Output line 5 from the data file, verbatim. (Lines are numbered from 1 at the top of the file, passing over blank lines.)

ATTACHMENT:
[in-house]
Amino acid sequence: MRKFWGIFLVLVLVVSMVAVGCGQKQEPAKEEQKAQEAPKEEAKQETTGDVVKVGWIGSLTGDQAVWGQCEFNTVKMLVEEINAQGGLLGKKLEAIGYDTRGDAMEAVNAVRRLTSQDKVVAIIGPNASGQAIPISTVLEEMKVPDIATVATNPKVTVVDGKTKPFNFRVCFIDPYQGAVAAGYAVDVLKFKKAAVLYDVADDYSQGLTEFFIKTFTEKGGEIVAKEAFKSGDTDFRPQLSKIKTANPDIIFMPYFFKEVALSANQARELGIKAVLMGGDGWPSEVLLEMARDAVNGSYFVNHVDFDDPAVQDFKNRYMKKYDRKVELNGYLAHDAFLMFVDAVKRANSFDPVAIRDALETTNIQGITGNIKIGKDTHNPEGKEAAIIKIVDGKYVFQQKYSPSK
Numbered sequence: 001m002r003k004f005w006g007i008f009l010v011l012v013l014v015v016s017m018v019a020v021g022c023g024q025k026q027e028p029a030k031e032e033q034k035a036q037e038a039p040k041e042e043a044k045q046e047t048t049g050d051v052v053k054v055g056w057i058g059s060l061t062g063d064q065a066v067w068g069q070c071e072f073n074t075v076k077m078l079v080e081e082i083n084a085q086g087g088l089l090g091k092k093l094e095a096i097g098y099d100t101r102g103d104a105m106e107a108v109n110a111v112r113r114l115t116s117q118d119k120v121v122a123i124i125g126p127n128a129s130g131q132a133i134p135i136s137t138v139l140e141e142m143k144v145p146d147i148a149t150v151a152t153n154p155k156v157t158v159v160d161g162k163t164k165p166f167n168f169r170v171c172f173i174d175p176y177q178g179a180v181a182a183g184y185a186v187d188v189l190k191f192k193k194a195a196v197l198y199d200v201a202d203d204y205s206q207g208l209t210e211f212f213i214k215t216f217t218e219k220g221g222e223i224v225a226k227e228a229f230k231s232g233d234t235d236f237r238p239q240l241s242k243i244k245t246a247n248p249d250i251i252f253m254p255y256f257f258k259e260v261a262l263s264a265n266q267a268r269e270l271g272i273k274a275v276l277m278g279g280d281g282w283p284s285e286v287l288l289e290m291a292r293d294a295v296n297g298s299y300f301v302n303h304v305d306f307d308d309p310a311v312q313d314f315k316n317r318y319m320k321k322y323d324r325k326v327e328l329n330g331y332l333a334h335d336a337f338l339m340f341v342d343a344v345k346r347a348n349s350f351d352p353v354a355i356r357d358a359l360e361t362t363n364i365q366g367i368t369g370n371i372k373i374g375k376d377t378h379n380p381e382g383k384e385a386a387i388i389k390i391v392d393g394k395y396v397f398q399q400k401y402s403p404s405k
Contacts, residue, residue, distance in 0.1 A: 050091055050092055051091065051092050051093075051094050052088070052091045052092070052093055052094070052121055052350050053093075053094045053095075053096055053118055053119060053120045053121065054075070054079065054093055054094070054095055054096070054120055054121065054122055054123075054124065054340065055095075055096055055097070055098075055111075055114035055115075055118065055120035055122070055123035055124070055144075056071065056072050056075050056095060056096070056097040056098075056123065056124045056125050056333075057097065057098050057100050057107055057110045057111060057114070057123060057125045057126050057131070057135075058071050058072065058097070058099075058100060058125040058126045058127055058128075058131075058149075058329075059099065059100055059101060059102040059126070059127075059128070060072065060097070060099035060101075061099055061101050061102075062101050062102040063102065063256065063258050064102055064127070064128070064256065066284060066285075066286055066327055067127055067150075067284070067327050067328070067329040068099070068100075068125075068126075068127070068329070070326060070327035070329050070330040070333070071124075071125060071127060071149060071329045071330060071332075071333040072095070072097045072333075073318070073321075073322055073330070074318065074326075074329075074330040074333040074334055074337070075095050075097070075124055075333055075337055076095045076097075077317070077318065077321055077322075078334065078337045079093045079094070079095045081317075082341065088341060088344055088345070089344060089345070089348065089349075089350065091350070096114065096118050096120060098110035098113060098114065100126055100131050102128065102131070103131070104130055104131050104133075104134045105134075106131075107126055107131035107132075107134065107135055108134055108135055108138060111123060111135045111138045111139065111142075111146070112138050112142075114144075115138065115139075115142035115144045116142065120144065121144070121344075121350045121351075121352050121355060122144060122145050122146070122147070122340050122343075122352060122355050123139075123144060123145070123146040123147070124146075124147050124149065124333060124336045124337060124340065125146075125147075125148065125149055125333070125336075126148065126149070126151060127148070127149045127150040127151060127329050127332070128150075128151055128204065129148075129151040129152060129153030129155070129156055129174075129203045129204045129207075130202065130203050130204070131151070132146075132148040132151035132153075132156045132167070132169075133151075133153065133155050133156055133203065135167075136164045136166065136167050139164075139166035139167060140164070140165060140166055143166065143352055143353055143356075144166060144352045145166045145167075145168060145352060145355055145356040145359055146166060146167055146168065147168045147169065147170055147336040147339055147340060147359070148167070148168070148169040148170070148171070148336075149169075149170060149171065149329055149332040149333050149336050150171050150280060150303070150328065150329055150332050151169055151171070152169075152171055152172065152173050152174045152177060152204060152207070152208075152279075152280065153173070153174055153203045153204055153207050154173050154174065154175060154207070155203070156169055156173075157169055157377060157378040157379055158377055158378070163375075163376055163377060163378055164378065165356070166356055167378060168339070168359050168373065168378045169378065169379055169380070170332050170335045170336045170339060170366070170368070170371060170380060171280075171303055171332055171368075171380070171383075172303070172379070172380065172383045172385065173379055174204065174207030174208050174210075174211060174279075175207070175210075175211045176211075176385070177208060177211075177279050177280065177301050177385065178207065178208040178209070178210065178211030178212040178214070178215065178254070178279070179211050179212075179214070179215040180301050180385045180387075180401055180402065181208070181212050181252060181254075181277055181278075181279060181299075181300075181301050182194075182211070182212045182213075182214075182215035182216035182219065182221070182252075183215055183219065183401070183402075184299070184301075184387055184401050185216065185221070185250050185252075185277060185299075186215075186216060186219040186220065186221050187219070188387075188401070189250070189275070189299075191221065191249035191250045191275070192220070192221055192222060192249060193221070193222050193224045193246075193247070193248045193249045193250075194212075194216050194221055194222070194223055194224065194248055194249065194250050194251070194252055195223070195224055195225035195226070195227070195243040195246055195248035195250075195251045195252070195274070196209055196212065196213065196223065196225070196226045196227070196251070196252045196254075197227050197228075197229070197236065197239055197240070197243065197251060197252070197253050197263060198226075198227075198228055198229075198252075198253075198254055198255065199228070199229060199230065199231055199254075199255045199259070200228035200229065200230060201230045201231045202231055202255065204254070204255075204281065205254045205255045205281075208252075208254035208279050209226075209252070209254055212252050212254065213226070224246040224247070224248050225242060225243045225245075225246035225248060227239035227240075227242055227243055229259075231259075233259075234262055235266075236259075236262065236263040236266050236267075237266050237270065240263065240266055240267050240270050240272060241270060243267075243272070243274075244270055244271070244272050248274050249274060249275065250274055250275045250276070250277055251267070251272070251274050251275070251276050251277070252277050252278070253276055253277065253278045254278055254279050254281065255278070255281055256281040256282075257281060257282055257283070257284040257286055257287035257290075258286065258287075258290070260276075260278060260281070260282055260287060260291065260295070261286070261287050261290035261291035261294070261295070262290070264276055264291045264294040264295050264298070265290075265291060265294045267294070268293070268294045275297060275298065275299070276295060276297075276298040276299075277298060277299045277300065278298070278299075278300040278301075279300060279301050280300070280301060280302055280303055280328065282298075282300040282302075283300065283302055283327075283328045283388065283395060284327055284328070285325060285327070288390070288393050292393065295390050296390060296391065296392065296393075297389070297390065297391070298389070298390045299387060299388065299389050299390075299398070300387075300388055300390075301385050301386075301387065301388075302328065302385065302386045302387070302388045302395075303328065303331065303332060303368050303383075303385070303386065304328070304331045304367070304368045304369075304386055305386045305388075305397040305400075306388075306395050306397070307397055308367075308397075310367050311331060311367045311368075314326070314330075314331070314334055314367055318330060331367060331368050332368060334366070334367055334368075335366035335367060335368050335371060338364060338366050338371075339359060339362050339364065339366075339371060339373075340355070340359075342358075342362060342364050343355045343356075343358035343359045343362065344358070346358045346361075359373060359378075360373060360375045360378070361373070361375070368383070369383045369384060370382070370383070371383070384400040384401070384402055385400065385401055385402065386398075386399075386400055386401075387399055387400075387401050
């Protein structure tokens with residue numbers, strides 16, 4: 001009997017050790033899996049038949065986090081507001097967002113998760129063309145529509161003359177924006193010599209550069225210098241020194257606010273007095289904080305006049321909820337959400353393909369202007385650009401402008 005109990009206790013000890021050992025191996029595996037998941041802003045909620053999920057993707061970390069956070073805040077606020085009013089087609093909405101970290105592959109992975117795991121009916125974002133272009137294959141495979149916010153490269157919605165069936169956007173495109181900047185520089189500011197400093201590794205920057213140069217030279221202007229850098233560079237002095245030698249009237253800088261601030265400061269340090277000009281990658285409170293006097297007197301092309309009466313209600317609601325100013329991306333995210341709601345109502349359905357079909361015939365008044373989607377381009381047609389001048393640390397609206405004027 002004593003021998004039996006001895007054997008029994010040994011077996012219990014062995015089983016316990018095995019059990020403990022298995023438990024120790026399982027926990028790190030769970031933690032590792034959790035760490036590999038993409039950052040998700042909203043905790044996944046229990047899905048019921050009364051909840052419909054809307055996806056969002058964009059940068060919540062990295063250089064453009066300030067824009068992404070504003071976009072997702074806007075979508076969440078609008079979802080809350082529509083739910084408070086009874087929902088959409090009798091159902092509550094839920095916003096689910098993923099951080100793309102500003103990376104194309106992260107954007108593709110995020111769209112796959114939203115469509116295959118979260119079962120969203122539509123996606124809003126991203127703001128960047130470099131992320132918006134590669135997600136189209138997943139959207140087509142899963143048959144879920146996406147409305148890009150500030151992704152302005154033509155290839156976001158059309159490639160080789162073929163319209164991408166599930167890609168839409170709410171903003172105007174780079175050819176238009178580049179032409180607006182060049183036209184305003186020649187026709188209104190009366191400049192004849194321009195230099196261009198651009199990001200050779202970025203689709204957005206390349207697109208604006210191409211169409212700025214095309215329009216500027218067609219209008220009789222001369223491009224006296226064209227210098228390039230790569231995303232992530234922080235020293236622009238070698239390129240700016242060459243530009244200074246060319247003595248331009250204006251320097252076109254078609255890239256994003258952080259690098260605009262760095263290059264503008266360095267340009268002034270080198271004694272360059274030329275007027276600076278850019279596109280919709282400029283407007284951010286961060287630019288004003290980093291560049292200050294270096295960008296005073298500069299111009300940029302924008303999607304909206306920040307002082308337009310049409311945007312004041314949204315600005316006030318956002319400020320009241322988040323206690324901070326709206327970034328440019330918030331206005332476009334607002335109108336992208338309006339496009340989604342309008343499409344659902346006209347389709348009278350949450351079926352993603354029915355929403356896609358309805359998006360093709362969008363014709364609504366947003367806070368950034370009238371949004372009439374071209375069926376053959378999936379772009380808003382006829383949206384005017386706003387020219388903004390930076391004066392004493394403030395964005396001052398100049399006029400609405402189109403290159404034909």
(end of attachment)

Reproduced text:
């Protein structure tokens with residue numbers, strides 16, 4: 001009997017050790033899996049038949065986090081507001097967002113998760129063309145529509161003359177924006193010599209550069225210098241020194257606010273007095289904080305006049321909820337959400353393909369202007385650009401402008 005109990009206790013000890021050992025191996029595996037998941041802003045909620053999920057993707061970390069956070073805040077606020085009013089087609093909405101970290105592959109992975117795991121009916125974002133272009137294959141495979149916010153490269157919605165069936169956007173495109181900047185520089189500011197400093201590794205920057213140069217030279221202007229850098233560079237002095245030698249009237253800088261601030265400061269340090277000009281990658285409170293006097297007197301092309309009466313209600317609601325100013329991306333995210341709601345109502349359905357079909361015939365008044373989607377381009381047609389001048393640390397609206405004027 002004593003021998004039996006001895007054997008029994010040994011077996012219990014062995015089983016316990018095995019059990020403990022298995023438990024120790026399982027926990028790190030769970031933690032590792034959790035760490036590999038993409039950052040998700042909203043905790044996944046229990047899905048019921050009364051909840052419909054809307055996806056969002058964009059940068060919540062990295063250089064453009066300030067824009068992404070504003071976009072997702074806007075979508076969440078609008079979802080809350082529509083739910084408070086009874087929902088959409090009798091159902092509550094839920095916003096689910098993923099951080100793309102500003103990376104194309106992260107954007108593709110995020111769209112796959114939203115469509116295959118979260119079962120969203122539509123996606124809003126991203127703001128960047130470099131992320132918006134590669135997600136189209138997943139959207140087509142899963143048959144879920146996406147409305148890009150500030151992704152302005154033509155290839156976001158059309159490639160080789162073929163319209164991408166599930167890609168839409170709410171903003172105007174780079175050819176238009178580049179032409180607006182060049183036209184305003186020649187026709188209104190009366191400049192004849194321009195230099196261009198651009199990001200050779202970025203689709204957005206390349207697109208604006210191409211169409212700025214095309215329009216500027218067609219209008220009789222001369223491009224006296226064209227210098228390039230790569231995303232992530234922080235020293236622009238070698239390129240700016242060459243530009244200074246060319247003595248331009250204006251320097252076109254078609255890239256994003258952080259690098260605009262760095263290059264503008266360095267340009268002034270080198271004694272360059274030329275007027276600076278850019279596109280919709282400029283407007284951010286961060287630019288004003290980093291560049292200050294270096295960008296005073298500069299111009300940029302924008303999607304909206306920040307002082308337009310049409311945007312004041314949204315600005316006030318956002319400020320009241322988040323206690324901070326709206327970034328440019330918030331206005332476009334607002335109108336992208338309006339496009340989604342309008343499409344659902346006209347389709348009278350949450351079926352993603354029915355929403356896609358309805359998006360093709362969008363014709364609504366947003367806070368950034370009238371949004372009439374071209375069926376053959378999936379772009380808003382006829383949206384005017386706003387020219388903004390930076391004066392004493394403030395964005396001052398100049399006029400609405402189109403290159404034909």